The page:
A new study published in the journal BMJ Open has found that black tea could help prevent type 2 diabetes. The study authors looked at tea consumption and overall health from 50 different countries. They based their study on market research from tea manufacturers and general health of the countries population.
They found one interesting statistic. In countries with the highest tea consumption, the general population had lower rates of type 2 diabetes. Black tea was drunk with the highest numbers in Ireland with an average of 2.16 kilograms per person per year. The lowest black tea drinking country was South Korea with 0.0007 kilograms per person per year.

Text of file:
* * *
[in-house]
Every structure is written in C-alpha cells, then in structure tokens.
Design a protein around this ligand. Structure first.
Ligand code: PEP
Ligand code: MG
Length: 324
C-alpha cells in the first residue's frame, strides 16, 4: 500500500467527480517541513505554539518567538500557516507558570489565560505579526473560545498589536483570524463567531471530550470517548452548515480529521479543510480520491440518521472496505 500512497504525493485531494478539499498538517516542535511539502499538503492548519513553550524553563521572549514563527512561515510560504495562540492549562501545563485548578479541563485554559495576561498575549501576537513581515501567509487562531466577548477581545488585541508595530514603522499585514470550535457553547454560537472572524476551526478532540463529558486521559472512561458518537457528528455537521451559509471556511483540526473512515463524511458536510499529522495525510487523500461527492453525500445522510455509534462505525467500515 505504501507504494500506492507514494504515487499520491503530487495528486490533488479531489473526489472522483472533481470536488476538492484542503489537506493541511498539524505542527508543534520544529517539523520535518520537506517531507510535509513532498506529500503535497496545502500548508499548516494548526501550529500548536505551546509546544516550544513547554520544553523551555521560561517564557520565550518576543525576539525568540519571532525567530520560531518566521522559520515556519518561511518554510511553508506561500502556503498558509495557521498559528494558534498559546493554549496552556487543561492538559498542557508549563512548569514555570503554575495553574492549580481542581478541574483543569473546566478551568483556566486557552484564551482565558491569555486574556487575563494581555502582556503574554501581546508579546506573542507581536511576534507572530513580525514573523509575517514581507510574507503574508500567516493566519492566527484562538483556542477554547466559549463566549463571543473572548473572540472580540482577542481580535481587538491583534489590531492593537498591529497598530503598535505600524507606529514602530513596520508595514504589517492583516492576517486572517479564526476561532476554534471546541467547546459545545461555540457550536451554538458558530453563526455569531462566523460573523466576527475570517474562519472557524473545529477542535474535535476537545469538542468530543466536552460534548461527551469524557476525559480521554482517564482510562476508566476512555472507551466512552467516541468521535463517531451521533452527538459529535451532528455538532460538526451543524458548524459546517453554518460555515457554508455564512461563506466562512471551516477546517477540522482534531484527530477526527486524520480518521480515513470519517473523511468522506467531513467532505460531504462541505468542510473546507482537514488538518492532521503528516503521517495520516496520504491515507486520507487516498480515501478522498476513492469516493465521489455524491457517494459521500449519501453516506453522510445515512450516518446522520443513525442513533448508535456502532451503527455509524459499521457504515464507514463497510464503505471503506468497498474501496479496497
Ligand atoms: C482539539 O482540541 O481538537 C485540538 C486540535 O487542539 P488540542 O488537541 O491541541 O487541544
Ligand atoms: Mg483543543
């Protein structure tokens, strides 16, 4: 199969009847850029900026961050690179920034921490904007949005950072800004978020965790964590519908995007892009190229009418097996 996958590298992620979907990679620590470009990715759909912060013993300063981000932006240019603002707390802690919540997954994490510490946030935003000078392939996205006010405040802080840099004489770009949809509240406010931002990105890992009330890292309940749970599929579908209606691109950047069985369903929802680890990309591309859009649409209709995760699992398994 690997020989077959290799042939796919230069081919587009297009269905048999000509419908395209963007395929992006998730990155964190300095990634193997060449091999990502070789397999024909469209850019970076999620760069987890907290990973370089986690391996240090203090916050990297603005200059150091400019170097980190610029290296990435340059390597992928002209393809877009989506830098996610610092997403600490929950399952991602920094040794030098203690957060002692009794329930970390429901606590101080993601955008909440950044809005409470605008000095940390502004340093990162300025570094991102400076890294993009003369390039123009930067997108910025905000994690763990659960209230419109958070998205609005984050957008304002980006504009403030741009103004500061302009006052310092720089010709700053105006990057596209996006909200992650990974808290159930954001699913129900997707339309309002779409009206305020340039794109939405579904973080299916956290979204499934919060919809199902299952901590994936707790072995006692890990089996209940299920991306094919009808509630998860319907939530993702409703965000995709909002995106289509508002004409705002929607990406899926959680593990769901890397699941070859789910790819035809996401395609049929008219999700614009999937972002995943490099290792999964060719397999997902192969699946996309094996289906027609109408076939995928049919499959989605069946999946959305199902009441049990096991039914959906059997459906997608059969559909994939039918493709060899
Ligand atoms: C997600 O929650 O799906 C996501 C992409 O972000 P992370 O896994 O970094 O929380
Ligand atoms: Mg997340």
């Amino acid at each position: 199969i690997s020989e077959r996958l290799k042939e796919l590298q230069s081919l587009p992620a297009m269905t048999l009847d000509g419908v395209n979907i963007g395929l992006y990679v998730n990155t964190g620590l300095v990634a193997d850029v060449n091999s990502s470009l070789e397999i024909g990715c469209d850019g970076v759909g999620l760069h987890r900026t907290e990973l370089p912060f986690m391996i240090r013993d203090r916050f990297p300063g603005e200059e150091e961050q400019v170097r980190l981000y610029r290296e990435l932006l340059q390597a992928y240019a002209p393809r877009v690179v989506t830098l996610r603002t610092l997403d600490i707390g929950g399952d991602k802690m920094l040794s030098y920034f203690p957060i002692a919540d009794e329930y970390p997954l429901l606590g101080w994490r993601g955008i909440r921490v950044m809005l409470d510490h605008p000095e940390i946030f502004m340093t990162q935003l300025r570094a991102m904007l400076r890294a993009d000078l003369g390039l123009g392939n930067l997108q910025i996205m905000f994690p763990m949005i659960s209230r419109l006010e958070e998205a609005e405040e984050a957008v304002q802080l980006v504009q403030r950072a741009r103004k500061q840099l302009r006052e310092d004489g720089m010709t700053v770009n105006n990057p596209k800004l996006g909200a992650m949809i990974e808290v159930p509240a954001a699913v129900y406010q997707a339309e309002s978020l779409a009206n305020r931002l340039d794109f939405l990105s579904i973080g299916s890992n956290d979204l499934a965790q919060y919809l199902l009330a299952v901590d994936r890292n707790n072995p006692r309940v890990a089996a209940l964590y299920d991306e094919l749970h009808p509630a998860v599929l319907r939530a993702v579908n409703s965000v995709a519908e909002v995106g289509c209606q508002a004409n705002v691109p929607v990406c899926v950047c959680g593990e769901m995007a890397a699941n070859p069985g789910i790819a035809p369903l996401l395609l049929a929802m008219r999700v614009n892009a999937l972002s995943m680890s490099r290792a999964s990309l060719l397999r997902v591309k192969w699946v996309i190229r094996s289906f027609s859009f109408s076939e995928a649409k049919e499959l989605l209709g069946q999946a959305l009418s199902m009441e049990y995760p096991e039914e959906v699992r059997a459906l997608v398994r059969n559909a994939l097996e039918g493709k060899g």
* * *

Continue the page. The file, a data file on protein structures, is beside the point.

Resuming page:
One of the authors of the study commented on the findings. Ariel Beresniak stated that, “We observed that, among the five health indications, only the ‘prevalence of diabetes’ indicator appeared to have a strong statistical relationship with black tea consumption.”
Green tea has been thought of as healthier than black tea. Black tea is fermented to darken it and change the flavors. New research has been finding that the health effects are different, but still important. More research needs to be done on the correlation between black tea drinking and type 2 diabetes.
Are you a big tea drinker?